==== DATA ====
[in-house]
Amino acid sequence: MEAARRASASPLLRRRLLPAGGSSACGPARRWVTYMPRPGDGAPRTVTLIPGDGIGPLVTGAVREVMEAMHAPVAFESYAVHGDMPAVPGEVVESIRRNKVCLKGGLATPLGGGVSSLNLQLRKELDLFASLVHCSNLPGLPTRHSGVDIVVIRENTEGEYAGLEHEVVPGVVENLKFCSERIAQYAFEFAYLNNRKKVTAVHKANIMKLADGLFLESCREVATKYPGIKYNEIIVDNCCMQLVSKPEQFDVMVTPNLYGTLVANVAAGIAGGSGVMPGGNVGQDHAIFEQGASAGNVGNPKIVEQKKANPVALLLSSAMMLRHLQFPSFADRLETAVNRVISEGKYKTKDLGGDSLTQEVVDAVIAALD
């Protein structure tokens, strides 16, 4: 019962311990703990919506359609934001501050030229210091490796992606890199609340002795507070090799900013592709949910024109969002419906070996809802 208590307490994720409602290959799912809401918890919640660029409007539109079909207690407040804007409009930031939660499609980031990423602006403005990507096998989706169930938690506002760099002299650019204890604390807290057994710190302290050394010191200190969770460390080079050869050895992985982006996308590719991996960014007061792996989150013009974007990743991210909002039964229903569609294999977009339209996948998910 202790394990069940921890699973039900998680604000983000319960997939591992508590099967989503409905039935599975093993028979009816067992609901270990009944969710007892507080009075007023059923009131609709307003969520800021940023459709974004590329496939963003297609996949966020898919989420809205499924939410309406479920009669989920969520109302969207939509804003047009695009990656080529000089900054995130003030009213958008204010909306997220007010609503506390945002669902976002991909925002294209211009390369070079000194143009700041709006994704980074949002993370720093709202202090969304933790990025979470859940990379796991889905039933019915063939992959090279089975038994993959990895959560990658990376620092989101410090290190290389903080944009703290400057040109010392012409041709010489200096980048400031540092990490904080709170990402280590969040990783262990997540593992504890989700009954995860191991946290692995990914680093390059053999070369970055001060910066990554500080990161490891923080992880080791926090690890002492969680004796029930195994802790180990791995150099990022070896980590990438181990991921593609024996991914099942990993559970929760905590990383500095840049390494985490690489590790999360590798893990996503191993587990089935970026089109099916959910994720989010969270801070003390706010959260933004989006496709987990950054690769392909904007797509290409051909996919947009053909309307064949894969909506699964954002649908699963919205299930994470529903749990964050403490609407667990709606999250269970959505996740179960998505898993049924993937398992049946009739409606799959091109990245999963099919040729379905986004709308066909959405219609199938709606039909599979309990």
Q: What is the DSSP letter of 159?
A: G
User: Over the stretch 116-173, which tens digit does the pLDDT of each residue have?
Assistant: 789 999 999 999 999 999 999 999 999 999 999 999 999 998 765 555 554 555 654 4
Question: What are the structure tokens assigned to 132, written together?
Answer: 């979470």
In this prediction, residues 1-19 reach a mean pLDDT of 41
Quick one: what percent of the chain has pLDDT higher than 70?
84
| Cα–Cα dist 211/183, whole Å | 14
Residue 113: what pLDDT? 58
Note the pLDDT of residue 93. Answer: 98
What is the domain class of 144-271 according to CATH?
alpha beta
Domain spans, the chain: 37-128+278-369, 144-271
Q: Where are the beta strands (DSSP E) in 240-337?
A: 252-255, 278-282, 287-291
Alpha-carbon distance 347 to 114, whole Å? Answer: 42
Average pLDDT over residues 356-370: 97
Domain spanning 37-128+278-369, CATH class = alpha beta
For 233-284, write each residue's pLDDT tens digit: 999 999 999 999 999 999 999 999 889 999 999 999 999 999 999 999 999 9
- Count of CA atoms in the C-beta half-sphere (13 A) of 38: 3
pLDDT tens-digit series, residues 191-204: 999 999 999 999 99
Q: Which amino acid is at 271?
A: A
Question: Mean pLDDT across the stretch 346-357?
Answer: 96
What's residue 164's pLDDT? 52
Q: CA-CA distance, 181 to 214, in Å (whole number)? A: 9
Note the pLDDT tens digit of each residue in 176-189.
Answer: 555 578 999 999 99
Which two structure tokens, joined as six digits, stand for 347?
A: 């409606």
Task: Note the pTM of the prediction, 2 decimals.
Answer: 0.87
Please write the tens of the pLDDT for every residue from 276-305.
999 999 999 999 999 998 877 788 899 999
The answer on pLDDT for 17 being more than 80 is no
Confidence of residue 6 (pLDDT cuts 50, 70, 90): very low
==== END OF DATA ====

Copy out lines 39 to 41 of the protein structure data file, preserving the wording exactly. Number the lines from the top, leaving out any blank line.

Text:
Please write the tens of the pLDDT for every residue from 276-305.
999 999 999 999 999 998 877 788 899 999
The answer on pLDDT for 17 being more than 80 is no